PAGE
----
German Lawyer Associations Voice Concerns over Commission's Anti-corruption Directive
10 November 2023
2018-Max_Planck_Herr_Wahl_1355_black white_Zuschnitt.jpg Thomas Wahl

The proposed anti-corruption directive faces initial criticism by stakeholders. In September 2023, both the German Federal Law Society (Bundesrechtsanwaltskammer, BRAK) and the German Bar Association (Deutscher Anwaltverein, DAV) emphasised that the Commission's draft (→ eucrim news of 3 August 2023) disregards the principles of proportionality and subsidiarity and warned that the proposal could restrict the sovereignty of the Member States in shaping their criminal law.

Both associations particularly criticized the definitions of "public officials" and "national officials", as they extend the protection of public services far beyond the level currently applicable in Germany and the EU as well as the lack of coherence with Directive 2017/1371 on combating fraud to the Union's financial interests by means of criminal law. In addition, the draft directive lacks clarity and vagueness of breaches of duty in the area of duty-related offenses in the proposal. The objection here is that benefits could be included that are promised in return for almost any breach of duty, including breaches of employment contract obligations, thus extending civil and employment law obligations into the area of criminal law.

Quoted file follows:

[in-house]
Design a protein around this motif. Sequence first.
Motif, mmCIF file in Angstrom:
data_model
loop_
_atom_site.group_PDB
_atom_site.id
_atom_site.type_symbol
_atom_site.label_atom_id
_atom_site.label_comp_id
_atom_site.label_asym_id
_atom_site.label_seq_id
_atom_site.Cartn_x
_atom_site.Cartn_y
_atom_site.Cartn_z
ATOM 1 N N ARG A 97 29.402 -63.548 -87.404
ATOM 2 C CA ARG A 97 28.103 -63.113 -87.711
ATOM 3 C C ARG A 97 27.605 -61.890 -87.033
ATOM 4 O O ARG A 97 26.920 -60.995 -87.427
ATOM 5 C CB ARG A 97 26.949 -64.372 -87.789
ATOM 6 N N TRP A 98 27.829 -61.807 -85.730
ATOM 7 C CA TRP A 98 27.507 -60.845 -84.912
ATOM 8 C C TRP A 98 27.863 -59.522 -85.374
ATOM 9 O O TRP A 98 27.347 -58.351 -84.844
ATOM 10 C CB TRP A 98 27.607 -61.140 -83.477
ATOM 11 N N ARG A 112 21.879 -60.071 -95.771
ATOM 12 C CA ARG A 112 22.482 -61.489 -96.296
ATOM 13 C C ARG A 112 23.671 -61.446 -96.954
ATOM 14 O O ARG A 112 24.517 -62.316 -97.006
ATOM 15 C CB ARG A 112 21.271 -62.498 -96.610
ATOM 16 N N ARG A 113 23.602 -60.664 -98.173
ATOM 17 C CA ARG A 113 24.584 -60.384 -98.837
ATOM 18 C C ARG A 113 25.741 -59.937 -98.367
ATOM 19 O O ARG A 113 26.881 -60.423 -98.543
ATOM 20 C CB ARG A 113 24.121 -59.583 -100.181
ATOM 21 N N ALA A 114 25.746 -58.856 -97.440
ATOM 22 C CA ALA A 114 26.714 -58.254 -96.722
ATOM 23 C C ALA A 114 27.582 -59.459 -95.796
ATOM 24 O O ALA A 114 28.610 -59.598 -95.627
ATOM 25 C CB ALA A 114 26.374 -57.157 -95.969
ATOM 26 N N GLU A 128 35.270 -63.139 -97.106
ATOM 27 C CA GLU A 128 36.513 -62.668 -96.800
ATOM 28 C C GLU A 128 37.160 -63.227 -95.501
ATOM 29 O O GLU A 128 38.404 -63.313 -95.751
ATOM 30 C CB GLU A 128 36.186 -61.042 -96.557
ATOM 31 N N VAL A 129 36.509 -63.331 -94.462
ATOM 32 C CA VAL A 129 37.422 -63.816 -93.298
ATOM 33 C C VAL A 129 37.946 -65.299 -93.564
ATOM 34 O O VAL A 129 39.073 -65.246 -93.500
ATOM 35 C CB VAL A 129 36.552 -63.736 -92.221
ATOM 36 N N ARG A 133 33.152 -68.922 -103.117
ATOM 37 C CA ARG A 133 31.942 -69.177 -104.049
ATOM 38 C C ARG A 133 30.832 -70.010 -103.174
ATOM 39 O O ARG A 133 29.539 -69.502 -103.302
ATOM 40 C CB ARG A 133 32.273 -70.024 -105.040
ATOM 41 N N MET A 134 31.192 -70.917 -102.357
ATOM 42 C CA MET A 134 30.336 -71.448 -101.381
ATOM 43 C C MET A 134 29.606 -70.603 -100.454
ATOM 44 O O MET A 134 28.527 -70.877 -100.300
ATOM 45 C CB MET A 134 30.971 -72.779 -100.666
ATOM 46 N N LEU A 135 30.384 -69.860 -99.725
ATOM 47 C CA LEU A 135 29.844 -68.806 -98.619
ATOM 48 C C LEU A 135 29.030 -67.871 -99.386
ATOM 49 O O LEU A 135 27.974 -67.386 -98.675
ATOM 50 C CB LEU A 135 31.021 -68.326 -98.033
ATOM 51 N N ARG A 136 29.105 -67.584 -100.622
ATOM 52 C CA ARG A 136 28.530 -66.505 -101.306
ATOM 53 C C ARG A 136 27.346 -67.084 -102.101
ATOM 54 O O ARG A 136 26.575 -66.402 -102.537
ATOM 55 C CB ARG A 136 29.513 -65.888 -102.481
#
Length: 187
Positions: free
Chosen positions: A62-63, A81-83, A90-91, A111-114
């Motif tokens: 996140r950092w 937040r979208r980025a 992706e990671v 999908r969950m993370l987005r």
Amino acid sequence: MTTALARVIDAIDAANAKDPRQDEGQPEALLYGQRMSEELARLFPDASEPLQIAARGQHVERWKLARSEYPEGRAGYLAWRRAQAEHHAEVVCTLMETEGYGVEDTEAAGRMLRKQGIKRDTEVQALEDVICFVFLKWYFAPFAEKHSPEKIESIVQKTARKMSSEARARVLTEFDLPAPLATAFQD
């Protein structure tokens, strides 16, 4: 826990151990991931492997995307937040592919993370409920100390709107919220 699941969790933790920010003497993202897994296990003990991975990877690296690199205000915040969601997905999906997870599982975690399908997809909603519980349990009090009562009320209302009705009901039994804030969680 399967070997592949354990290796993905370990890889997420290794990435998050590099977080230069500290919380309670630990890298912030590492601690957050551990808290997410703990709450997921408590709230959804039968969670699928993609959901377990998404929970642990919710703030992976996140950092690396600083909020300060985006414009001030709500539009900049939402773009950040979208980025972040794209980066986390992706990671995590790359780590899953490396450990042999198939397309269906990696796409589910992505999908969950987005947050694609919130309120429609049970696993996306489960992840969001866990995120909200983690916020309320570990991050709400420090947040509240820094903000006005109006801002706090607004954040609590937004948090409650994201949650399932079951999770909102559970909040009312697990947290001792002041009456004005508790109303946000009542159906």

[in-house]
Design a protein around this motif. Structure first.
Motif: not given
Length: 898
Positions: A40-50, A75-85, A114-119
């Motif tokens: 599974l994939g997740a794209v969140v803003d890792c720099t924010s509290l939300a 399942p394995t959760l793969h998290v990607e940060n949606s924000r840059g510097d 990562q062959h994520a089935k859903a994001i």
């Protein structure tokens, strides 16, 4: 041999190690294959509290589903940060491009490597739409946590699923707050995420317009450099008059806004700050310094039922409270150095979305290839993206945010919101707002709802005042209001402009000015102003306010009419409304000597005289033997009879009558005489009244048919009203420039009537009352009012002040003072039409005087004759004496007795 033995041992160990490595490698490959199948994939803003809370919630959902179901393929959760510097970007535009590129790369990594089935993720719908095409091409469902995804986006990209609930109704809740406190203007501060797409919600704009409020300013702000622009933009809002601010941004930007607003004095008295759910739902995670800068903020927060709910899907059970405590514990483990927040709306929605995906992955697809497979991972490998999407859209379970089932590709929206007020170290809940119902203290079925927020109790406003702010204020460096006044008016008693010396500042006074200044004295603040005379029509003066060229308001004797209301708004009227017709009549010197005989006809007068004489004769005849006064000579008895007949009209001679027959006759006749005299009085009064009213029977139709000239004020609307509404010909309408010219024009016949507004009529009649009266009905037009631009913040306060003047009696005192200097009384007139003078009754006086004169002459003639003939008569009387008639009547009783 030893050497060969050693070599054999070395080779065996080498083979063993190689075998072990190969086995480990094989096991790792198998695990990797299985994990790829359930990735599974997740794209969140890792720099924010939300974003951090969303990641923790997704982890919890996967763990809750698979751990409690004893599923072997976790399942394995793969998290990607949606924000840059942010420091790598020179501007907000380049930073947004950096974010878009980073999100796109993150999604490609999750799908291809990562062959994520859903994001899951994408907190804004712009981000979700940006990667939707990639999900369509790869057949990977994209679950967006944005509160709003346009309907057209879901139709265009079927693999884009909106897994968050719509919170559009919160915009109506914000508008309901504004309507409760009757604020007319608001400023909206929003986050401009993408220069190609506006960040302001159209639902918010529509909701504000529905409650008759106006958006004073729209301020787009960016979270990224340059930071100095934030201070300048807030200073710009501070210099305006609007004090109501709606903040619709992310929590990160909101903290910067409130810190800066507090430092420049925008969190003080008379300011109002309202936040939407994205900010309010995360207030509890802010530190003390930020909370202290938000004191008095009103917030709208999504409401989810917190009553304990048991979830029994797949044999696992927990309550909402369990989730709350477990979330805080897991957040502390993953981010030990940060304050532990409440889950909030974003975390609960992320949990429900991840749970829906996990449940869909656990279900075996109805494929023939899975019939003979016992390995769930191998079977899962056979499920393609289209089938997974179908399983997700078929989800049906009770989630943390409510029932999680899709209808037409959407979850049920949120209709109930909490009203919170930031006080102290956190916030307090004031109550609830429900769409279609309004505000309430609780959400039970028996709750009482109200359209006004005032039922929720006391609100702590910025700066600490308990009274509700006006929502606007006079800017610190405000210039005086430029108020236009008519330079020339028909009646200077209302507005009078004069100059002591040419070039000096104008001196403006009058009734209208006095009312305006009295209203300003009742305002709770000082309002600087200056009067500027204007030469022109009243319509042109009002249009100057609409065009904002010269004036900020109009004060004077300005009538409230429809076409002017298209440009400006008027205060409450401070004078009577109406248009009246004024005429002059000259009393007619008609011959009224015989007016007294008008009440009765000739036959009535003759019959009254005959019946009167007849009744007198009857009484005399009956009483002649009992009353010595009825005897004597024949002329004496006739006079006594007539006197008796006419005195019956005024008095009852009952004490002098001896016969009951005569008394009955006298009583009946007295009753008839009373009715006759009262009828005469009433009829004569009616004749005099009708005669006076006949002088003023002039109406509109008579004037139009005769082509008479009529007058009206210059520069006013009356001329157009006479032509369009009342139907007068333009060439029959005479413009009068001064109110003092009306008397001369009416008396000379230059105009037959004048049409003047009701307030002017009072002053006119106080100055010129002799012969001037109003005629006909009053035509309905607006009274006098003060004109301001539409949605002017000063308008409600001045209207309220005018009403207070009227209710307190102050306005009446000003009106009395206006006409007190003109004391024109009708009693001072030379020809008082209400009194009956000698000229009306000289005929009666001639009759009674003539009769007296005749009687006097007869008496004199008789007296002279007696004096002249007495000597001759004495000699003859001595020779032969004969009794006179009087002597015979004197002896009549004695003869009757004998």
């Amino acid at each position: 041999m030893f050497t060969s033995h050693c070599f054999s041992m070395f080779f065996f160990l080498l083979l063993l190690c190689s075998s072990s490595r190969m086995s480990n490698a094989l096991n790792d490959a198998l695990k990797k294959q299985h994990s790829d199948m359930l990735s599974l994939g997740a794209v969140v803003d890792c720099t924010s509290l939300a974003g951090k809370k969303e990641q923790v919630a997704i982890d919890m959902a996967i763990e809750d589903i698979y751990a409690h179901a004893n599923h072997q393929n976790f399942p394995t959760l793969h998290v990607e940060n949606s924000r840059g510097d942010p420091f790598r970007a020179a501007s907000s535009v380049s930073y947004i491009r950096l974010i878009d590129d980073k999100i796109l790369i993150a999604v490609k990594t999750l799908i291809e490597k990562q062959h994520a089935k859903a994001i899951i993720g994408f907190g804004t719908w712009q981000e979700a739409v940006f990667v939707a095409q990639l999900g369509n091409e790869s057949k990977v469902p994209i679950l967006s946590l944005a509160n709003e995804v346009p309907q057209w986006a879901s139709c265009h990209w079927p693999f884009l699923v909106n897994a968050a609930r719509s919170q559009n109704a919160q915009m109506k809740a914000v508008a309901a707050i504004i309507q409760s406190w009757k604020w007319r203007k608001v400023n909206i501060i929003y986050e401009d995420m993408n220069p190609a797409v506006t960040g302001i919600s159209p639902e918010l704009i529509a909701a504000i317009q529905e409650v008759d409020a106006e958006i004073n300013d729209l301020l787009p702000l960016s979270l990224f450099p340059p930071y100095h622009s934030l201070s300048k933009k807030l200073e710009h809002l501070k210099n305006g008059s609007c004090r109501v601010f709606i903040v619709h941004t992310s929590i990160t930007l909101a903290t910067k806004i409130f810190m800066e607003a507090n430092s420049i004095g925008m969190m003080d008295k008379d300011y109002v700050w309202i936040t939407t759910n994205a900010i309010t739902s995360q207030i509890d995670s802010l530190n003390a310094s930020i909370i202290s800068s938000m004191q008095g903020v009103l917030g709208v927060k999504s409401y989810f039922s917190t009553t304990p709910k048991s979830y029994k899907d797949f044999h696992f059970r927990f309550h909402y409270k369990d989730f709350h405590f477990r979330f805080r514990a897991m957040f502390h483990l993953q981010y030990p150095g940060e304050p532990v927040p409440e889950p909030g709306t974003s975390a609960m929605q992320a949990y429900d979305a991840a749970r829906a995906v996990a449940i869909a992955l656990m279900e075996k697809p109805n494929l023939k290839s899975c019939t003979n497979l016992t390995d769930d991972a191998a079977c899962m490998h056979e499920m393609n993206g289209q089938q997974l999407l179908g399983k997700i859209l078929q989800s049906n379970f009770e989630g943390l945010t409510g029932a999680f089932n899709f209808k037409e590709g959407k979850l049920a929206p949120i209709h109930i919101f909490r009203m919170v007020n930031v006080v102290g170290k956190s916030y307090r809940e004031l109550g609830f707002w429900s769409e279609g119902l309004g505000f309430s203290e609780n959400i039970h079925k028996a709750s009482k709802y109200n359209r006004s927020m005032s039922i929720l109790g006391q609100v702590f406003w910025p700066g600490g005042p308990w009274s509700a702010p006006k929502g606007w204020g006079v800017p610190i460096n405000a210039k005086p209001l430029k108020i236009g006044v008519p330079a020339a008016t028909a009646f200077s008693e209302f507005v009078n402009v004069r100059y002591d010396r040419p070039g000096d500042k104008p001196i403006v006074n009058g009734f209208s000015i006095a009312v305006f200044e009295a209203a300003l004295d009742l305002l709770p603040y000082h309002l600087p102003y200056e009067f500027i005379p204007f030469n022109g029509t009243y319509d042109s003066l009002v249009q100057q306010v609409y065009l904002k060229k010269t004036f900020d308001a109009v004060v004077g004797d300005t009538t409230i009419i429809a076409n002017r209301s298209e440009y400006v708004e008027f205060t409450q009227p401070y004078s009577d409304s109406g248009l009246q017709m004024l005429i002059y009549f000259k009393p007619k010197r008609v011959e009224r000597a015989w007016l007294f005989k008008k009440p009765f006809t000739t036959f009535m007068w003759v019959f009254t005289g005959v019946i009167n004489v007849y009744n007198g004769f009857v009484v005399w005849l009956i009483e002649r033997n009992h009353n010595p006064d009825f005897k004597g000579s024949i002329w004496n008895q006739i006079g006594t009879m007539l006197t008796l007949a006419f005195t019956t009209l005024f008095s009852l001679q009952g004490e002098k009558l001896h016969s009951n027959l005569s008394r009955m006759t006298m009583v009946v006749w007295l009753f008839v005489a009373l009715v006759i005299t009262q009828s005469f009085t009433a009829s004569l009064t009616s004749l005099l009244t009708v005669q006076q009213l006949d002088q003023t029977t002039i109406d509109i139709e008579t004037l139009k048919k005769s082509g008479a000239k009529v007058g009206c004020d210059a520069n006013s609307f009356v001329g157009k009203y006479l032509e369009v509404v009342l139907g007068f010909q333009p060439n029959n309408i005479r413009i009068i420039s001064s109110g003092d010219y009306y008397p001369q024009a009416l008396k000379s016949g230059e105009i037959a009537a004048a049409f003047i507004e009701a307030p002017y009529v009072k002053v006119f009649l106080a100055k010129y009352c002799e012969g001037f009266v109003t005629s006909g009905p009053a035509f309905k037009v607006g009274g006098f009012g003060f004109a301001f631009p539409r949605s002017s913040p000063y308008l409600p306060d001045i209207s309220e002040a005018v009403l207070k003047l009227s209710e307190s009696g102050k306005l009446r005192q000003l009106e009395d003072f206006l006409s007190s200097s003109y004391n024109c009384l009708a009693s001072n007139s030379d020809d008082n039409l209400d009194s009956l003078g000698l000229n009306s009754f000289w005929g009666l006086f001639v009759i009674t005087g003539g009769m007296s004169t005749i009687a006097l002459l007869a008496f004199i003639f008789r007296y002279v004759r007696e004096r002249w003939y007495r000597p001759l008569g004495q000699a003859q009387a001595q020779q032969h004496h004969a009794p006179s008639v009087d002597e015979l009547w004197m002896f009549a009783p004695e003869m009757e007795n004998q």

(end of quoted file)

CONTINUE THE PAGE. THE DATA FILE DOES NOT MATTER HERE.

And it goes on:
The BRAK concluded that the Commission's proposal goes beyond the objective of creating a harmonized criminal law on corruption, which is commendable in itself, having "overshot the mark" in terms of content and function. The DAV summed up that the proposal is not in line with the ultima-ratio principle of criminal law and provides for an apodictic increase of penalties without regard to internal coherence.

News Guide

EU Corruption


2018-Max_Planck_Herr_Wahl_1355_black white_Zuschnitt.jpg
Thomas Wahl

Max Planck Institute for the Study of Crime, Security and Law (MPI CSL)

Public Law Department

Senior Researcher